Darchinyan keeps focus on the fight

Pugmire is a Times staff writer.

Under the same spotlights and on the same canvas that he'll perform Saturday night, Vic Darchinyan last year nearly beat a man to death.

Darchinyan, constantly flinging a punishing left hand that his promoter calls a "whipping hammer," knocked down Mexico's Victor Burgos once in the second round of their March 2007 flyweight title fight at the Home Depot Center in Carson. He pummeled Burgos so badly in the 12th that the referee stopped the fight and Burgos slumped trying to rest on a stool.

Hours later, Burgos had emergency brain surgery to remove a blood clot from his head. He remained comatose for days from what Armando Garcia, the California State Athletic Commission executive officer, described as "a boxing-related accident."

Southern California boxing publicist Alex Camponovo, a friend of the Burgos family residing in Tijuana, said Burgos is "still in rehabilitation. He has had to re-learn everything. How to walk. How to talk."

Darchinyan on fight night was denied an opportunity to visit his fallen opponent at the hospital, but he has followed Burgos' progress from a distance.

Darchinyan, 32, an Armenian who resides in Australia, said, "I called through my promoter and heard he's getting better. I found out he's OK. I was very happy."

This is the part of boxing that is nearly impossible to balance, especially for a fighter.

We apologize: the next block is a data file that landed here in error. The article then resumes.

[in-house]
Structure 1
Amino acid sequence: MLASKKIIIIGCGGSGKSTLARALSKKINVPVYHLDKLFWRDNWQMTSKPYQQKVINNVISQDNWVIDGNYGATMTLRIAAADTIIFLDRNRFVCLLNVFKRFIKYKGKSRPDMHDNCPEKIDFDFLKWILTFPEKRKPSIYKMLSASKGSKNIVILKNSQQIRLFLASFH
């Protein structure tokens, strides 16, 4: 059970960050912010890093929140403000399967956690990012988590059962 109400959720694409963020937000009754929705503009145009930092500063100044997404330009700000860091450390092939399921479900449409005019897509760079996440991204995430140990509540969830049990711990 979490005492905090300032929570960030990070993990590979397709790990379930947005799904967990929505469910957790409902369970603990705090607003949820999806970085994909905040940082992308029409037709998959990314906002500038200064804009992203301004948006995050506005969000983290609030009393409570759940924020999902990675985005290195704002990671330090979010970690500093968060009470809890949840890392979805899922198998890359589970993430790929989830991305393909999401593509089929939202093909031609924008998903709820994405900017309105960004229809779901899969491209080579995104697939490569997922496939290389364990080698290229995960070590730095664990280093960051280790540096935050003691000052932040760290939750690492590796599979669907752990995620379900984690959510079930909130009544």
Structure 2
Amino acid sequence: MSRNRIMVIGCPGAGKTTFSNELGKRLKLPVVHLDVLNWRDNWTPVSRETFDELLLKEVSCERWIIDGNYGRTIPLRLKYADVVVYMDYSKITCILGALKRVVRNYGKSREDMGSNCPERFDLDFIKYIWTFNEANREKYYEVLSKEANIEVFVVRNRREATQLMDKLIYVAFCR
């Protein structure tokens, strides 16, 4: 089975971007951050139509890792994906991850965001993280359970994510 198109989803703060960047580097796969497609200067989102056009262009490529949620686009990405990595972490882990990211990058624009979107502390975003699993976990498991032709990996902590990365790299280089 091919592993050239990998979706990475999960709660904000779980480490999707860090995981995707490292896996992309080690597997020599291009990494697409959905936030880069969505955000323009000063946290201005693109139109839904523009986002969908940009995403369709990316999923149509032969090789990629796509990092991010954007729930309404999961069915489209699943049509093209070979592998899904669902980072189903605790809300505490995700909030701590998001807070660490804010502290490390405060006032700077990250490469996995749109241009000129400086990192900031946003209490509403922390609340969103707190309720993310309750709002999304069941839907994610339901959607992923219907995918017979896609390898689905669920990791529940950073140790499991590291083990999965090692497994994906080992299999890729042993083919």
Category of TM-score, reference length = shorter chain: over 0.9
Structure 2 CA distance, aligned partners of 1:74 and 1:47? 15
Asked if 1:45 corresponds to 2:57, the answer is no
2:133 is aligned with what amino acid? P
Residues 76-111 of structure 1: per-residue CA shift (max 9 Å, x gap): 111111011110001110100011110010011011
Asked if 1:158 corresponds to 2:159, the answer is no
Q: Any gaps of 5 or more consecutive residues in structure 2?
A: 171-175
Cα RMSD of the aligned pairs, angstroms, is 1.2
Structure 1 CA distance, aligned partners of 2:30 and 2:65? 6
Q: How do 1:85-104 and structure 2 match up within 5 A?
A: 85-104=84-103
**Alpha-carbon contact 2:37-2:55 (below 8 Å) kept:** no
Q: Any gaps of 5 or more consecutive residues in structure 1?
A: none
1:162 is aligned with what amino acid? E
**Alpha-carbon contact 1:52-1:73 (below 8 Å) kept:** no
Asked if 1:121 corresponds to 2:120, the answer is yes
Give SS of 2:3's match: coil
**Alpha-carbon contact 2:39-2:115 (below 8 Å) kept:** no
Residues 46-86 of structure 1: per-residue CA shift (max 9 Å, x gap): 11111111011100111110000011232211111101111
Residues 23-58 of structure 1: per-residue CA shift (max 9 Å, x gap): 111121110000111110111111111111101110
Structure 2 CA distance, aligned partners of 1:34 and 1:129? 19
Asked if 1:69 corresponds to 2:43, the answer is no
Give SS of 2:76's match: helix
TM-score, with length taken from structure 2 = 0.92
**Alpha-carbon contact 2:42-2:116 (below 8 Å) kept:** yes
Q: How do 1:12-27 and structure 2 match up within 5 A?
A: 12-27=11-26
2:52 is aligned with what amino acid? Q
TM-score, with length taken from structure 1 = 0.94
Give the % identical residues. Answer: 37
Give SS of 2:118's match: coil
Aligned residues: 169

"You know, it's boxing," Darchinyan said. "There's two guys in the ring, and if you don't punch him, he'll punch you, and the same thing that happened [to Burgos] can happen to you. At the end of the day, I'm concerned with my opponent, and I want him to be able to go home to his family, not to the hospital.

"But in the ring, I want to destroy him."

Darchinyan (30-1-1, 24 knockouts) doesn't hesitate to say that's his plan Saturday when he returns to Carson as International Boxing Federation super-flyweight champion to fight Cristian Mijares (35-3-2, 14 KOs), the World Boxing Council and World Boxing Assn. super-flyweight champ.

Mijares, a popular fighter from Mexico, is a slight favorite over the southpaw Darchinyan.

"I'm going to press him, push him around, punish him, and knock him out," Darchinyan said. "I'm going to destroy him."

If it sounds insensitive, that's because Darchinyan is in fight mode, promoter Gary Shaw said.

"He's remorseful about Burgos, he was truly concerned and worried about what happened, but when it comes to fighting, Vic's a different person," Shaw said. "He really wants to hurt the opponent. All he thinks about is winning, winning by knockout and hurting the opponent.

"No one wants to make someone incapacitated, or ruin that person's family. Believe me, I've seen bad things happen in the ring, and I was sick to my stomach over Burgos, but there's two Vics at work here. I eat all my meals with him, and I already know tonight's dinner speech: 'I'm going to break [Mijares] in half. . . .' "

Darchinyan is 2-1-1 in the four fights post-Burgos. He was knocked out by Nonito Donaire and lost his IBF flyweight title in his first bout after the Carson victory. He rebounded in August to win the super-flyweight belt with a fifth-round TKO of Dimitri Kirilov.

Now, he faces Mijares, a savvy, technical fighter who boasts convincing victories over Jorge Arce and former U.S. Olympian Jose Navarro. Darchinyan predicts a knockout by the third round.

"I don't want to go to the hospital again, but I will knock him out cold -- and destroy him," Darchinyan said.



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